The small intestine bears similar morphology of crypts and villi throughout its length, yet marked regional differences in function are well known. The clinical relevance of these differences is highlighted by the region specific location of many human diseases throughout the bowel. Understanding the mechanisms that result in regional specific intestinal stem cells (ISC) is required to develop therapeutic approaches for restoring regional specific function. Our preliminary data supports the concept that patterning of the intestine occurs early in development and is maintained throughout life at the level of the ISC. Using our recently developed in vitro methods to culture human ISC-derived enteroids (hENO) and conditions that regionally pattern human ES/iPS-derived organoids (HIOs), combined with unique transplantation models, we will determine if intestinal regional identity (rID) is stably maintained by specific transcription factors together with a unique chromatin state within individual ISC. To test this hypothesis, we will define the molecular and cellular carriers of intestinal regional identity, determine whether human hENOs and HIOs maintain stable rID after transplantation and identify the network of molecular determinants of regional identity.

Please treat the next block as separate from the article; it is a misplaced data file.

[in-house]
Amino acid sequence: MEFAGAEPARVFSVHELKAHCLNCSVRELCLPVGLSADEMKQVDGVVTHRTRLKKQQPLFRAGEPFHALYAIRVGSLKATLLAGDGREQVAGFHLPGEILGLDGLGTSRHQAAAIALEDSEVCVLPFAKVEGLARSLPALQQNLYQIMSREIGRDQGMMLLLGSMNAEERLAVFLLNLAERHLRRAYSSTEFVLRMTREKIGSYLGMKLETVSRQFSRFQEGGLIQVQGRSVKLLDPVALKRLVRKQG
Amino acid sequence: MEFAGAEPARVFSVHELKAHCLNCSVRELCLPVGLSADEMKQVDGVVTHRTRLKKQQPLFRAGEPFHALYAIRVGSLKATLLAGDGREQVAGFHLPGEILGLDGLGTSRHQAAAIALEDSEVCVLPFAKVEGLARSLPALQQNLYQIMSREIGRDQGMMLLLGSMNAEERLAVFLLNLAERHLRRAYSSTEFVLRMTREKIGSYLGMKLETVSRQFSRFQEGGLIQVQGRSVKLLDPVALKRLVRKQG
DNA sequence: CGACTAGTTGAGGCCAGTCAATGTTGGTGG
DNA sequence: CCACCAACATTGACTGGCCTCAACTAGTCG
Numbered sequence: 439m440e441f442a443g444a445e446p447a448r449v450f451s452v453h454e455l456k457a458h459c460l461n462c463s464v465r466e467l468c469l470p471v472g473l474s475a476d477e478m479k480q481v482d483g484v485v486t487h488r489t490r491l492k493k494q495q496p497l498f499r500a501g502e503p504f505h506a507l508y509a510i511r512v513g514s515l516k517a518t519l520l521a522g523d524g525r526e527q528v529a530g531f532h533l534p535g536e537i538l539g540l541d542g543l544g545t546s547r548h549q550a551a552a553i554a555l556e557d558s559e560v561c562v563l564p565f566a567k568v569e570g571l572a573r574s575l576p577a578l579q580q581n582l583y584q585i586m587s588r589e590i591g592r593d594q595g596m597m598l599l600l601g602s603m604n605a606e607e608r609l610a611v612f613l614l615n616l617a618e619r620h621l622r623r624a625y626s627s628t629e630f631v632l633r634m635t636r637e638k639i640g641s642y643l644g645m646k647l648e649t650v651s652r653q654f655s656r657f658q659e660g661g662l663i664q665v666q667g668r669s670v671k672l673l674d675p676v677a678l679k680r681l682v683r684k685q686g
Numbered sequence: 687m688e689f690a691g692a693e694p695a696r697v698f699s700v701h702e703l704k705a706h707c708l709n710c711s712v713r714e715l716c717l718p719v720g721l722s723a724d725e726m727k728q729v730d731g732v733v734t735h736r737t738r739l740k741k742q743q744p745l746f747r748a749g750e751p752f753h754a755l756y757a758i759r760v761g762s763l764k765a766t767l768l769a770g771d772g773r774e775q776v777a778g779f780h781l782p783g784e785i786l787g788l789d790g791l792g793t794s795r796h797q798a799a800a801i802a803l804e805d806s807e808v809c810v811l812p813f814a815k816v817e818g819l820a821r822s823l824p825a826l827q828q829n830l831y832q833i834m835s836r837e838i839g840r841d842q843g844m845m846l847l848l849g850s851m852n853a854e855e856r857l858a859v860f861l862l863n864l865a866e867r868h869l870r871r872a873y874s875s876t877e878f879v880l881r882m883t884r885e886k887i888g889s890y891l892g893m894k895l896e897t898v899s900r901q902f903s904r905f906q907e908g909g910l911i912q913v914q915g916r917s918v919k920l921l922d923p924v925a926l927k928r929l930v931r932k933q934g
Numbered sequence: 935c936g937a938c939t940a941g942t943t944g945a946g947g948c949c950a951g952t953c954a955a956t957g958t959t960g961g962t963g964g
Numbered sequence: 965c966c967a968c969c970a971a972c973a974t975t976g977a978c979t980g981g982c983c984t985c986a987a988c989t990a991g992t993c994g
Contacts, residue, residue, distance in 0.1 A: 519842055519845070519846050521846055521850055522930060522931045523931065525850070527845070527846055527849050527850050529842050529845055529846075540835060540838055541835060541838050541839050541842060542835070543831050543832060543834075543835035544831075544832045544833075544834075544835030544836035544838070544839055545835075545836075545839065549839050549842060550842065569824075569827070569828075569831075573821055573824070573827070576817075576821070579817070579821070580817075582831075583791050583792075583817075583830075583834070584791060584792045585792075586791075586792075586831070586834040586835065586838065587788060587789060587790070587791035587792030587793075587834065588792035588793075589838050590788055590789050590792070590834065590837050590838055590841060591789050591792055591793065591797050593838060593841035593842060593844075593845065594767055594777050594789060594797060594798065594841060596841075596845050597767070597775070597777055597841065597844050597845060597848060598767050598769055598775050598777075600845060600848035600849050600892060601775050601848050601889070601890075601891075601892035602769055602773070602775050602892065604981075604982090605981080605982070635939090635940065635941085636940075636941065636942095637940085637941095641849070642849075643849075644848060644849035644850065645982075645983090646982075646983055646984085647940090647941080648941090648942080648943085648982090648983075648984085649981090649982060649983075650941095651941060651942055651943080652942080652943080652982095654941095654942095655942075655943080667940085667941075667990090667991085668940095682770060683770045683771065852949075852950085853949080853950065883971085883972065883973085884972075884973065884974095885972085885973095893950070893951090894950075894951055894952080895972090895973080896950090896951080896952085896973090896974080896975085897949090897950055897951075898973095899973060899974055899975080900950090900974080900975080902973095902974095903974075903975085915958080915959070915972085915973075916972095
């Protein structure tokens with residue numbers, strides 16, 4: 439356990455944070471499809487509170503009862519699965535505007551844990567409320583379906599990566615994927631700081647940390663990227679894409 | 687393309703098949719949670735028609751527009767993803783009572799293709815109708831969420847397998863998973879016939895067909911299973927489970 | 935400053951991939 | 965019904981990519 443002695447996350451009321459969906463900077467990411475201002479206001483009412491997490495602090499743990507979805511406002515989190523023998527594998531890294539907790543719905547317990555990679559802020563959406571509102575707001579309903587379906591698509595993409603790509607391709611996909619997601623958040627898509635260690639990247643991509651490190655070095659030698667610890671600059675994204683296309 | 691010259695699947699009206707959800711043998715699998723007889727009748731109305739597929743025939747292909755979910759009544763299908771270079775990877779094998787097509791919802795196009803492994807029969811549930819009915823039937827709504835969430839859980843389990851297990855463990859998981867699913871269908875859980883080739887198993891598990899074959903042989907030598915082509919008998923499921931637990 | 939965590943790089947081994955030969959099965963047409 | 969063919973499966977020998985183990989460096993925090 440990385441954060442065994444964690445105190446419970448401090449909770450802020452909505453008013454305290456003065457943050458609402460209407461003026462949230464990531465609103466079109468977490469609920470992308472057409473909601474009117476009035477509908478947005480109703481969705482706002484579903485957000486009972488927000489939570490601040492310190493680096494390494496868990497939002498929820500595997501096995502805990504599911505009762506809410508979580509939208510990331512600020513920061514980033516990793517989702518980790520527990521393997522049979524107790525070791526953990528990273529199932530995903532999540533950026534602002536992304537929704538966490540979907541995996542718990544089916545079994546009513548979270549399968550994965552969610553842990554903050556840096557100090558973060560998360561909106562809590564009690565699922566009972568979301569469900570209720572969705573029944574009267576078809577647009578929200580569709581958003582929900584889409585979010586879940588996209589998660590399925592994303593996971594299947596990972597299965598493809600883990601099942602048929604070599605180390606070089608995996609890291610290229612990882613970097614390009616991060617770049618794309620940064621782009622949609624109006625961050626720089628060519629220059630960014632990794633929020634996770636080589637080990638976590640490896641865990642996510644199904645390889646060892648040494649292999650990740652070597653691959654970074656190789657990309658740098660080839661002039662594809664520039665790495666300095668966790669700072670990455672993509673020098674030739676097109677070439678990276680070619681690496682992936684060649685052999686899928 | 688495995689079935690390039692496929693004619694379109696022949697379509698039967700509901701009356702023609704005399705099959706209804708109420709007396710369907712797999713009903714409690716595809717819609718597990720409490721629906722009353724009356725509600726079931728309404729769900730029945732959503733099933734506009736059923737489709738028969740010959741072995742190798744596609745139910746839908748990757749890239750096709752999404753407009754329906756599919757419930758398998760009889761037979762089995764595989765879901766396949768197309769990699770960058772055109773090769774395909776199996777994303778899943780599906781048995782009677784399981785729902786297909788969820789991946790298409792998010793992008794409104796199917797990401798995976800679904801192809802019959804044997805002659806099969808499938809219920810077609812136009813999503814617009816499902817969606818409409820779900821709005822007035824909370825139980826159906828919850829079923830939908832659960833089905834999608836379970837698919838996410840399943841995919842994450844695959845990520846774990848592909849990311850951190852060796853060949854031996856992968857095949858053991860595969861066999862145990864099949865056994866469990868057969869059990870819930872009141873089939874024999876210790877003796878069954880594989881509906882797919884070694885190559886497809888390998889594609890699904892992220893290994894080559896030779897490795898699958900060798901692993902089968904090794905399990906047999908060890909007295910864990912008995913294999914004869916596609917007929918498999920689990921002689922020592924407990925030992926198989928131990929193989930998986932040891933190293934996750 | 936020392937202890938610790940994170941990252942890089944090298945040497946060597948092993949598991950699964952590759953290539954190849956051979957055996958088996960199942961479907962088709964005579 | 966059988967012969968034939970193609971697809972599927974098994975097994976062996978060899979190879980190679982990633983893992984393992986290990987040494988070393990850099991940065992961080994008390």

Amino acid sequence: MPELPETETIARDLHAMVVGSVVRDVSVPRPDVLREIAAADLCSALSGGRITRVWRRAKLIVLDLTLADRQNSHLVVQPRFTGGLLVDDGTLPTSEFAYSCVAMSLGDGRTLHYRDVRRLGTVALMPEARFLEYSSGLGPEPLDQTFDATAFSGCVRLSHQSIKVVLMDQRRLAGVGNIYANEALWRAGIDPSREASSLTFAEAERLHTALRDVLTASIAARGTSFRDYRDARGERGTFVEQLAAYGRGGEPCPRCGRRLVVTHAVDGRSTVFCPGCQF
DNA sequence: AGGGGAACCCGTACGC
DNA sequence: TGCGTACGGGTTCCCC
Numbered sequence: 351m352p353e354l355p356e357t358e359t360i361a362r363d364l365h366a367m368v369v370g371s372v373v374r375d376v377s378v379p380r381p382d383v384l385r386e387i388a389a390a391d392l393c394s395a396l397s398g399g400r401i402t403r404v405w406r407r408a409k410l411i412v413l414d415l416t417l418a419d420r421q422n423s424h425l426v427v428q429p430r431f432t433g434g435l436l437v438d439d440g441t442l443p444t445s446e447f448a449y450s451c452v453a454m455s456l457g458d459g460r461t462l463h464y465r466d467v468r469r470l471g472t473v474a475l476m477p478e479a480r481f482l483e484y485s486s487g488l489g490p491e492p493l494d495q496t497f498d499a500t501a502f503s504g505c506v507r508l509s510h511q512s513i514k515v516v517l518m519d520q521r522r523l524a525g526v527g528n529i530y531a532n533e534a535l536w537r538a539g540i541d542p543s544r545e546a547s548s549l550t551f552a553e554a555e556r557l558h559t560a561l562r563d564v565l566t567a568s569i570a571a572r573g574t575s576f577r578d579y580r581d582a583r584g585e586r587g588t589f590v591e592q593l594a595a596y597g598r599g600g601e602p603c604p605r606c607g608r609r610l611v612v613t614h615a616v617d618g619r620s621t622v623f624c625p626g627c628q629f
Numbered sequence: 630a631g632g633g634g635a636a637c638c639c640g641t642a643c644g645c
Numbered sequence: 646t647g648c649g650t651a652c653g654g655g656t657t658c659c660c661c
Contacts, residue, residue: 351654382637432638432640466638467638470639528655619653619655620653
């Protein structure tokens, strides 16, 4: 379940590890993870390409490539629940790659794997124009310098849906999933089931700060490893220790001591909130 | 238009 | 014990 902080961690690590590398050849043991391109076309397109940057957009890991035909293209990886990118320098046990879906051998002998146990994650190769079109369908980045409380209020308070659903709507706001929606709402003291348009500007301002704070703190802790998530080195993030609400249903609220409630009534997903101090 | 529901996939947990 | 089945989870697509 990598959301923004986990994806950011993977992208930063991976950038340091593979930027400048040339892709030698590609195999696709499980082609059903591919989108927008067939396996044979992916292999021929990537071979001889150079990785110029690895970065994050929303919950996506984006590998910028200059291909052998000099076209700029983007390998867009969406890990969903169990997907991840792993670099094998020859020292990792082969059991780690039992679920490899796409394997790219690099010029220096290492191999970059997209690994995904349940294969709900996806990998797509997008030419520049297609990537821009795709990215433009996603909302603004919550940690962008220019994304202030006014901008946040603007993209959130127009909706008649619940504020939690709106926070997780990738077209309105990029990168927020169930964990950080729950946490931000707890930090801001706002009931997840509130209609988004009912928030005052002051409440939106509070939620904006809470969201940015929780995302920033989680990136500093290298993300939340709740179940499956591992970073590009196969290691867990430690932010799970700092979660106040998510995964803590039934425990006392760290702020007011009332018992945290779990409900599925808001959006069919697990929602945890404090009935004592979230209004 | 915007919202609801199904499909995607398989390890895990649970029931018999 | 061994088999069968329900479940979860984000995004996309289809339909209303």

The proposed work utilizes cutting edge technology to characterize the network of molecular determinants of regionalized intestinal stem cells. This work will lead to a deeper understanding of regional influence within intestinal stem cell populations that may contribute to physiological and disease specific difference commonly seen between the proximal and distal intestine.